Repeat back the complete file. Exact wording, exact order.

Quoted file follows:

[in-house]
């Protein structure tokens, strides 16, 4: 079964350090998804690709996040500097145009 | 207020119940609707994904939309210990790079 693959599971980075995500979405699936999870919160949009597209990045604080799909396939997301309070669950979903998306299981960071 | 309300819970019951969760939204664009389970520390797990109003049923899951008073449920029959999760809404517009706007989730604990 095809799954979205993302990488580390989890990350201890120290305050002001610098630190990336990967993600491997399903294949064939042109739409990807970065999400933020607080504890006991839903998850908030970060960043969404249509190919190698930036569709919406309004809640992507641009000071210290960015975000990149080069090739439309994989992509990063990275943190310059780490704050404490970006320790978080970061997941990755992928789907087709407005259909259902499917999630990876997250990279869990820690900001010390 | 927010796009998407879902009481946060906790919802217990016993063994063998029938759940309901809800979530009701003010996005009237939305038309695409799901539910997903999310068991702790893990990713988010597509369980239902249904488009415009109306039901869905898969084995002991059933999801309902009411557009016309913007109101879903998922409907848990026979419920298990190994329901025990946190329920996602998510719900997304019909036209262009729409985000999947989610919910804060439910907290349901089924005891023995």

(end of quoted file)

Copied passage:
[in-house]
């Protein structure tokens, strides 16, 4: 079964350090998804690709996040500097145009 | 207020119940609707994904939309210990790079 693959599971980075995500979405699936999870919160949009597209990045604080799909396939997301309070669950979903998306299981960071 | 309300819970019951969760939204664009389970520390797990109003049923899951008073449920029959999760809404517009706007989730604990 095809799954979205993302990488580390989890990350201890120290305050002001610098630190990336990967993600491997399903294949064939042109739409990807970065999400933020607080504890006991839903998850908030970060960043969404249509190919190698930036569709919406309004809640992507641009000071210290960015975000990149080069090739439309994989992509990063990275943190310059780490704050404490970006320790978080970061997941990755992928789907087709407005259909259902499917999630990876997250990279869990820690900001010390 | 927010796009998407879902009481946060906790919802217990016993063994063998029938759940309901809800979530009701003010996005009237939305038309695409799901539910997903999310068991702790893990990713988010597509369980239902249904488009415009109306039901869905898969084995002991059933999801309902009411557009016309913007109101879903998922409907848990026979419920298990190994329901025990946190329920996602998510719900997304019909036209262009729409985000999947989610919910804060439910907290349901089924005891023995």